Wild relatives of common wheat, Triticum aestivum, and related species are an important source of disease and pest resistance and several useful traits have been transferred from these species to wheat. C-banding and in situ hybridization analyses are powerful cytological techniques allowing the detection of alien chromatin in wheat. C-banding permits identification of the wheat and alien chromosomes involved in wheat-alien translocations, whereas genomic in situ hybridization analysis allows determination of their size and breakpoint positions. The present review summarizes the available data on wheat-alien transfers conferring resistance to diseases and pests. Ten of the 57 spontaneous and induced wheat-alien translocations were identified as whole arm translocations with the breakpoints within the centromeric regions. The majority of transfers (45) were identified as terminal translocations with distal alien segments translocated to wheat chromosome arms. Only two intercalary wheat-alien transloctions were identified, one induced by radiation treatment with a small segment of rye chromosome 6RL (H25) inserted into the long arm of wheat chromosome 4A, and the other probably induced by homoeologous recombination with a segment derived from the long arm of a group 7 Agropyron elongatum chromosome with Lr19 inserted into the long arm of 7D. The presented information should be useful for further directed chromosome engineering aimed at producing superior germplasm.
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Wheat stem rust (SR), caused by Puccinia graminis f. sp. tritici, (Pgt) is considered one of the most destructive diseases of the wheat crop. As Sr24 and Sr31 are the most widely used resistance genes in the Southern Cone of America, wheat crops in this region is under threat of SR outbreaks posed by the potential migration of virulent Pgt Ug99-lineage races (Ug99+). Efforts have to be made to develop adapted lines resistant to Ug99+. Genes Sr26, Sr32 and Sr39 are effective to both Ug99+ and local races of the pathogen. This work is aimed to pyramid two and three of the resistance genes in two locally adapted wheat cultivars (G?nesis 2375 and G?nesis 6.87). Donor lines of Sr26, Sr32 and Sr39 (developed by I. Dundas, University of Adelaide, Australia) and molecular markers Sr26#43, csSr32#1 and Sr39#22r (developed by R. Mago et al., University of Adelaide) were used. Lines with two-gene combinations were developed in two steps. First, tree-way crosses were made by crossing heterozygous F1 plants (derived from crossings donor lines) to either one of the two adapted wheat cultivars. Subsequently, tree-way F1 plants were genotyped and only those with two-gene combinations were backcrossed (BC) twice to the adapted cultivars. Among three-way F1 plants, two-genes combinations were confirmed for Sr26+Sr32 (8 out of 31), Sr26+Sr39 (2 of 115) and Sr32+Sr39 (26 out of 103). In the BC1F1 generation, Sr26+Sr32, Sr26+Sr39 and Sr32+Sr39 combinations corresponded with 9, 9 and 45 out of 99, 27 and 241 plants, respectively. In 2017, 1345 BC2F1 plants are being grown to obtain BC2F2. We plan to intercross plants with two-gene combinations to obtain lines with the three genes which will be used as sources of resistance to develop cultivars with presumably longer lasting resistance to wheat SR.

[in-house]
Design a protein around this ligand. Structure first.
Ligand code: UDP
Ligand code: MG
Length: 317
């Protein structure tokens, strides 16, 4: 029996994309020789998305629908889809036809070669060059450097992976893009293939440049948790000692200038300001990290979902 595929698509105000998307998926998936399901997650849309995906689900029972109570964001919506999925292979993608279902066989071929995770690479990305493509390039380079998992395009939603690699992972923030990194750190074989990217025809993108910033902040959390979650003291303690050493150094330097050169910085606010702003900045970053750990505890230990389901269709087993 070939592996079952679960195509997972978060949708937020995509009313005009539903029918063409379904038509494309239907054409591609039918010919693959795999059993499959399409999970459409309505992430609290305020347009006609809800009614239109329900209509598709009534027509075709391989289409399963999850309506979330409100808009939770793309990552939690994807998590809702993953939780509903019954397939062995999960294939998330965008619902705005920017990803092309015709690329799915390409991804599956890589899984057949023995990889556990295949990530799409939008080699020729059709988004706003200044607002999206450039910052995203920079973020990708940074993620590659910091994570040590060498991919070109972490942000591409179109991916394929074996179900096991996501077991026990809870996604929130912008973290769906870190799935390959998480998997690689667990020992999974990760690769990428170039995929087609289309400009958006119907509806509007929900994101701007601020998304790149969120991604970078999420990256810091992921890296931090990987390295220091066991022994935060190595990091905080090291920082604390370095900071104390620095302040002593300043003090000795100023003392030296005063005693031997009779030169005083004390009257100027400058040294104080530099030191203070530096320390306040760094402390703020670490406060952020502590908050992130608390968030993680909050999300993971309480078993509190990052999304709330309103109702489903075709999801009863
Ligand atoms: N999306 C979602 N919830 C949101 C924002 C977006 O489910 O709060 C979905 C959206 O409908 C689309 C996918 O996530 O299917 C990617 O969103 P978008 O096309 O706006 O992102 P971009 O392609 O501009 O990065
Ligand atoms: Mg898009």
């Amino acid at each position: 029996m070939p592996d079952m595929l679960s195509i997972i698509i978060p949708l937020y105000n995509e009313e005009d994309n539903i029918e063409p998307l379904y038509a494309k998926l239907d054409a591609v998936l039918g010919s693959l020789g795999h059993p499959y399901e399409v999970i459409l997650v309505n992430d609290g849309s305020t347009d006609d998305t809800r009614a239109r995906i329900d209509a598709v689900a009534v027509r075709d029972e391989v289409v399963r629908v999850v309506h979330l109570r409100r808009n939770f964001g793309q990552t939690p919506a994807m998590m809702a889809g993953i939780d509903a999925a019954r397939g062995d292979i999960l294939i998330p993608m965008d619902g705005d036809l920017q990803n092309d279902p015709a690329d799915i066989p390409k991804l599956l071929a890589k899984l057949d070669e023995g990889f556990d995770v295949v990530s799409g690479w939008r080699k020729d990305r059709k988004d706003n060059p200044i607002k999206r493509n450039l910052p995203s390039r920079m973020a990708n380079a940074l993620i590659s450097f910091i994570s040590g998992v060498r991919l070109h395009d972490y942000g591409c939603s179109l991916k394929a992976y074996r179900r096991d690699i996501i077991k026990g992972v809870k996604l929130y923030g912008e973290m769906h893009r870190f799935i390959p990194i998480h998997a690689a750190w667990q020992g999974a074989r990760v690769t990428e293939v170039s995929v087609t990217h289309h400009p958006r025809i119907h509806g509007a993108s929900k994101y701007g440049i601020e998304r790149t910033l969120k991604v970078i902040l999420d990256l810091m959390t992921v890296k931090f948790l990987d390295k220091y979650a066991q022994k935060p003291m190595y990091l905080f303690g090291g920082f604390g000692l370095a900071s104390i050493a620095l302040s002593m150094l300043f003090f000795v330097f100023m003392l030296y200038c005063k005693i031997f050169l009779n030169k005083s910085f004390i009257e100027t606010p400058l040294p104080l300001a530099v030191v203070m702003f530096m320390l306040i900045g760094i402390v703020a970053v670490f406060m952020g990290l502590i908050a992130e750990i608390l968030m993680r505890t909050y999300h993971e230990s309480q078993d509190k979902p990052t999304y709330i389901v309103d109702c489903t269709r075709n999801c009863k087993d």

Resistance offers the best means of control of the cereal rusts, but must be strategically deployed so as to avoid exposure of single major genes, which have faltered so many times in the past. The pyramiding of multiple effective resistance genes is a strategy that has proven effective in a number of wheat production areas around the world. However, the process of incorporating multiple resistance genes into a single cultivar using standard breeding techniques is time consuming, laborious, and hampered by the problem of linkage drag. If a suite of effective resistance genes could be efficiently cloned and transferred into wheat as a cassette, it would accelerate the development of durably resistant varieties without the problem of linkage drag. Toward this end, we have developed a resistance gene cloning technology based on resistance gene enrichment sequencing (RenSeq) of EMS-derived mutant R gene alleles. As a proof of concept test, we successfully ‘re’-cloned the already characterized gene Sr33 and are now targeting the cloning of eight other effective resistance genes. For the identification of susceptible mutants for the cloning of Sr32 from Aegilops speltoides, we screened 1,109 M2 families with race TPMKC — as a surrogate for race TTKSK. Five susceptible M2 mutants were confirmed by progeny testing. These mutants were also susceptible to race TTKSK. For the population involving Sr1644 from Ae. sharonensis, 1,649 M2 families were screened, yielding 33 M2 families that appeared to segregate for susceptibility. Thirteen of 33 families were confirmed as bona fide susceptible mutants by progeny tests in the M3 generation. Identification of susceptible EMS mutants of Sr32 and Sr1644 suggests that the underlying resistance in these lines is conferred by single genes. We will report on progress to clone and characterize these genes using R gene exome capture and sequencing technology (RenSeq).